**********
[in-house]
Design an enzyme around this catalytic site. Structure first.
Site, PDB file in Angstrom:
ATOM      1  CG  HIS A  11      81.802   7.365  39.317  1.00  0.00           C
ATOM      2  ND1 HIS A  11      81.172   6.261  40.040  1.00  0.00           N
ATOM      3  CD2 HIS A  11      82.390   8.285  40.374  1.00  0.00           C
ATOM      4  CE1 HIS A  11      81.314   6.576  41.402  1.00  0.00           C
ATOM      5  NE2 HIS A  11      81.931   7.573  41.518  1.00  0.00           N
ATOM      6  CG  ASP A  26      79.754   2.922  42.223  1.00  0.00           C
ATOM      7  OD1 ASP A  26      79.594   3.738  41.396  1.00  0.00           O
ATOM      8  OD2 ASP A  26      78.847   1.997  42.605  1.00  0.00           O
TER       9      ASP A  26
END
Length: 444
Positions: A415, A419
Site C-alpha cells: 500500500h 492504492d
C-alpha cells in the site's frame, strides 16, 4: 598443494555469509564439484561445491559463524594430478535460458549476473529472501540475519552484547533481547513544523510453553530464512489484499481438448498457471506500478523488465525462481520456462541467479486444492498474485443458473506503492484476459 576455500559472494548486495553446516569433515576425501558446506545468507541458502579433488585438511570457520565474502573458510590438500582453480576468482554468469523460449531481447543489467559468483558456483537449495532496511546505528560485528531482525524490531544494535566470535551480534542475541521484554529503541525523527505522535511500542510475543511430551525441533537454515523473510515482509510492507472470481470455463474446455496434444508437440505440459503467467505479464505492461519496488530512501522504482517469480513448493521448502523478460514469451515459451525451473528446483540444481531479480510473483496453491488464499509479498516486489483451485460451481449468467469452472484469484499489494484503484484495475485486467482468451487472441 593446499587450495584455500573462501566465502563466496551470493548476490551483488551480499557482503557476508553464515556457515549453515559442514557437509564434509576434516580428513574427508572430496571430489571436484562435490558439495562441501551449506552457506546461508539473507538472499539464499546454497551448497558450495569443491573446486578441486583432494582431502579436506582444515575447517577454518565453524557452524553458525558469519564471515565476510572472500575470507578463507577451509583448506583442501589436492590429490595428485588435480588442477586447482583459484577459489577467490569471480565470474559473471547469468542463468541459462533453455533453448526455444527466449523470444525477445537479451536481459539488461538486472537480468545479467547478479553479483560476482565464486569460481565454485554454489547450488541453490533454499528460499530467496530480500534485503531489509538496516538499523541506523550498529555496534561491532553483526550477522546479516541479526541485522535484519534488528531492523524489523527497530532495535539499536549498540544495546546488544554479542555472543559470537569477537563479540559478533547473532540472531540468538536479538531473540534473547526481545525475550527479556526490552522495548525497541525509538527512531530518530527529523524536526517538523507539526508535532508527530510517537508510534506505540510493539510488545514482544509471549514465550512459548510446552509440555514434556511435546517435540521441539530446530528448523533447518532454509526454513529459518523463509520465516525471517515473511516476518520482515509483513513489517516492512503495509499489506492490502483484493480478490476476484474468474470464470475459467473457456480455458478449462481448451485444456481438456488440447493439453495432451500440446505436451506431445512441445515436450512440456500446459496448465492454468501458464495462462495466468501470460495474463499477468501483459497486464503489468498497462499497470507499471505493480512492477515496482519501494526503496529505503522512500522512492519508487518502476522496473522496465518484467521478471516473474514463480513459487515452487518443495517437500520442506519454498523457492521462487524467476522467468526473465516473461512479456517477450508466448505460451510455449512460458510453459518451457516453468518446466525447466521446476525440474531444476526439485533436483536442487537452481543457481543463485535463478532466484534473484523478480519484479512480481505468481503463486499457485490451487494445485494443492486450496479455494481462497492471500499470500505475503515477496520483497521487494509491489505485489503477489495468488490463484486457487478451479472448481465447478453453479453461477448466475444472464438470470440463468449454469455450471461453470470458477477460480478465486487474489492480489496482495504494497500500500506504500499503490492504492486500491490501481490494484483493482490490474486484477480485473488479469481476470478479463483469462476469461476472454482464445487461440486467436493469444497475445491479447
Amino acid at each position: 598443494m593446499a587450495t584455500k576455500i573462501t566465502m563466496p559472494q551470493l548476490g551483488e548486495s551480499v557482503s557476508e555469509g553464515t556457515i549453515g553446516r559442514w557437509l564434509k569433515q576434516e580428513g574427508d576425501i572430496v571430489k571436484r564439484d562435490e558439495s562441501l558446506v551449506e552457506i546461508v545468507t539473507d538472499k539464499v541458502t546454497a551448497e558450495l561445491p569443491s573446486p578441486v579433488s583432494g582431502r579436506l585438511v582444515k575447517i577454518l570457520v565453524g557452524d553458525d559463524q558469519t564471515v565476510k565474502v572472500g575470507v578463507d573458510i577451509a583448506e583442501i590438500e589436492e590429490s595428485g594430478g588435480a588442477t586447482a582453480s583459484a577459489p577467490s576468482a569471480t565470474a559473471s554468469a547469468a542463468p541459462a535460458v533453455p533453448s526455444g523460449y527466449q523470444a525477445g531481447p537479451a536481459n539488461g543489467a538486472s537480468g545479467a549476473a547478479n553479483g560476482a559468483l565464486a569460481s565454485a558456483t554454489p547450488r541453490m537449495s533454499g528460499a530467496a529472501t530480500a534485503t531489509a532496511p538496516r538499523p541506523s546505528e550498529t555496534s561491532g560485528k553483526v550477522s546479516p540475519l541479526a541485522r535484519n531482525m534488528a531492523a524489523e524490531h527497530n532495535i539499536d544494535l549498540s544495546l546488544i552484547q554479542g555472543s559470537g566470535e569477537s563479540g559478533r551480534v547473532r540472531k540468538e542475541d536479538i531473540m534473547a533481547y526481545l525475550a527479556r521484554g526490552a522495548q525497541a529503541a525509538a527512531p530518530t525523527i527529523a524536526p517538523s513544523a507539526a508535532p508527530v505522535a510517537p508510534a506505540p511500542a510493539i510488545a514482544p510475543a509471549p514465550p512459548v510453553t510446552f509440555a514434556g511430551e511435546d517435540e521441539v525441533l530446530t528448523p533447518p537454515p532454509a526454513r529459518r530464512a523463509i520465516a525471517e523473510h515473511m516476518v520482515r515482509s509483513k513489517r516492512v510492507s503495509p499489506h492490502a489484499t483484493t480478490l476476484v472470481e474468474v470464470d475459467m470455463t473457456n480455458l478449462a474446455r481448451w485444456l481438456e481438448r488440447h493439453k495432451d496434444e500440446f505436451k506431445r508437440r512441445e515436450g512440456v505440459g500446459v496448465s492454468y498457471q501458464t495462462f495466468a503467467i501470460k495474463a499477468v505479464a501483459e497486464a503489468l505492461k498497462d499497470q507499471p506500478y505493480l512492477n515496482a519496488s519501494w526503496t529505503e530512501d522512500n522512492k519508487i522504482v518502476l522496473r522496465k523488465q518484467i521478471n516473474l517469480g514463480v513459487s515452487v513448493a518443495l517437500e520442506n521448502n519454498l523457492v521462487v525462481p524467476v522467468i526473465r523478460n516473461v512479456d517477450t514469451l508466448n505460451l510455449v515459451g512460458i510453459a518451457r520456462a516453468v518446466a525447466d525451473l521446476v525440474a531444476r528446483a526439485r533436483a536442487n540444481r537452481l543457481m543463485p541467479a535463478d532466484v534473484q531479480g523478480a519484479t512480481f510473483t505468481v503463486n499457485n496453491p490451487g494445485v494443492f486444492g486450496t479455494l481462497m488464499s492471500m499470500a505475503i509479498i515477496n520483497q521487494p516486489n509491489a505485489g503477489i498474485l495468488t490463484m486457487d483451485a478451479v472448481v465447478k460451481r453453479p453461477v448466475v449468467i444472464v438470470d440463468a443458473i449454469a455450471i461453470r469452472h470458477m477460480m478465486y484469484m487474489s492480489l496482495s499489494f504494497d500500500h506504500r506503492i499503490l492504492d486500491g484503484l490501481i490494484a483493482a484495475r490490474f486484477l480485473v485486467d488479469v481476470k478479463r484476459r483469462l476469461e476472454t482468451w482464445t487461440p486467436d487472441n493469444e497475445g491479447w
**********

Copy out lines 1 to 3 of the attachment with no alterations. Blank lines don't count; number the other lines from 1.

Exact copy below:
[in-house]
Design an enzyme around this catalytic site. Structure first.
Site, PDB file in Angstrom: